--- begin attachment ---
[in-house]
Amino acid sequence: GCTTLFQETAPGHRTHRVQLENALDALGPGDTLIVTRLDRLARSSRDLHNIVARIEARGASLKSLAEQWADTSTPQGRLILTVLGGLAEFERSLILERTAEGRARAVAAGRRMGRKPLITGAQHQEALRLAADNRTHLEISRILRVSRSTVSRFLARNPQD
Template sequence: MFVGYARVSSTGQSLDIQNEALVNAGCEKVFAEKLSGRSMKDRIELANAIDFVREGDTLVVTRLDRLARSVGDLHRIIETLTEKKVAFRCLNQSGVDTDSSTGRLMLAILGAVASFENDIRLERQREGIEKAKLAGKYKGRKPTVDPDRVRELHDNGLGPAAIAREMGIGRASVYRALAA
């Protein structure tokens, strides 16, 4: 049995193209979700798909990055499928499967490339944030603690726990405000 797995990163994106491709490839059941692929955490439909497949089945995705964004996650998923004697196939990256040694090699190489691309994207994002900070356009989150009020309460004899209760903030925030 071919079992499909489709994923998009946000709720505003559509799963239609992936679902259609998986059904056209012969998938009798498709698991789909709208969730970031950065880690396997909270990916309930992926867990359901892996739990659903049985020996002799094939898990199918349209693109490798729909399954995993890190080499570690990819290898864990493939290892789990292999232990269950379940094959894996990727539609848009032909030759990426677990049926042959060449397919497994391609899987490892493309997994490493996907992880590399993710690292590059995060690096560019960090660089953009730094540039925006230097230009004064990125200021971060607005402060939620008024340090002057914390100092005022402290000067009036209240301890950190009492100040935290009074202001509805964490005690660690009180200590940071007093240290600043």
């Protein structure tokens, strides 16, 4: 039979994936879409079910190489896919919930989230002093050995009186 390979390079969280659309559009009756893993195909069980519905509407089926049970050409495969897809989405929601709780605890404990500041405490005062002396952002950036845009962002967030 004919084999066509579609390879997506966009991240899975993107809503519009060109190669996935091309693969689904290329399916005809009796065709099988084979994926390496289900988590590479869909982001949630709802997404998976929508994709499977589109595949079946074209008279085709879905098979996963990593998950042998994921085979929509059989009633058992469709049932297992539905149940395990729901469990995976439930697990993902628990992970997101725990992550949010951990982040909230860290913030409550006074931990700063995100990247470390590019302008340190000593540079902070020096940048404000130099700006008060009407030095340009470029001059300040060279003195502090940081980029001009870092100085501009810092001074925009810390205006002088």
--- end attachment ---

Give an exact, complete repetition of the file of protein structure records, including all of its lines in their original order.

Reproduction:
[in-house]
Amino acid sequence: GCTTLFQETAPGHRTHRVQLENALDALGPGDTLIVTRLDRLARSSRDLHNIVARIEARGASLKSLAEQWADTSTPQGRLILTVLGGLAEFERSLILERTAEGRARAVAAGRRMGRKPLITGAQHQEALRLAADNRTHLEISRILRVSRSTVSRFLARNPQD
Template sequence: MFVGYARVSSTGQSLDIQNEALVNAGCEKVFAEKLSGRSMKDRIELANAIDFVREGDTLVVTRLDRLARSVGDLHRIIETLTEKKVAFRCLNQSGVDTDSSTGRLMLAILGAVASFENDIRLERQREGIEKAKLAGKYKGRKPTVDPDRVRELHDNGLGPAAIAREMGIGRASVYRALAA
């Protein structure tokens, strides 16, 4: 049995193209979700798909990055499928499967490339944030603690726990405000 797995990163994106491709490839059941692929955490439909497949089945995705964004996650998923004697196939990256040694090699190489691309994207994002900070356009989150009020309460004899209760903030925030 071919079992499909489709994923998009946000709720505003559509799963239609992936679902259609998986059904056209012969998938009798498709698991789909709208969730970031950065880690396997909270990916309930992926867990359901892996739990659903049985020996002799094939898990199918349209693109490798729909399954995993890190080499570690990819290898864990493939290892789990292999232990269950379940094959894996990727539609848009032909030759990426677990049926042959060449397919497994391609899987490892493309997994490493996907992880590399993710690292590059995060690096560019960090660089953009730094540039925006230097230009004064990125200021971060607005402060939620008024340090002057914390100092005022402290000067009036209240301890950190009492100040935290009074202001509805964490005690660690009180200590940071007093240290600043």
């Protein structure tokens, strides 16, 4: 039979994936879409079910190489896919919930989230002093050995009186 390979390079969280659309559009009756893993195909069980519905509407089926049970050409495969897809989405929601709780605890404990500041405490005062002396952002950036845009962002967030 004919084999066509579609390879997506966009991240899975993107809503519009060109190669996935091309693969689904290329399916005809009796065709099988084979994926390496289900988590590479869909982001949630709802997404998976929508994709499977589109595949079946074209008279085709879905098979996963990593998950042998994921085979929509059989009633058992469709049932297992539905149940395990729901469990995976439930697990993902628990992970997101725990992550949010951990982040909230860290913030409550006074931990700063995100990247470390590019302008340190000593540079902070020096940048404000130099700006008060009407030095340009470029001059300040060279003195502090940081980029001009870092100085501009810092001074925009810390205006002088």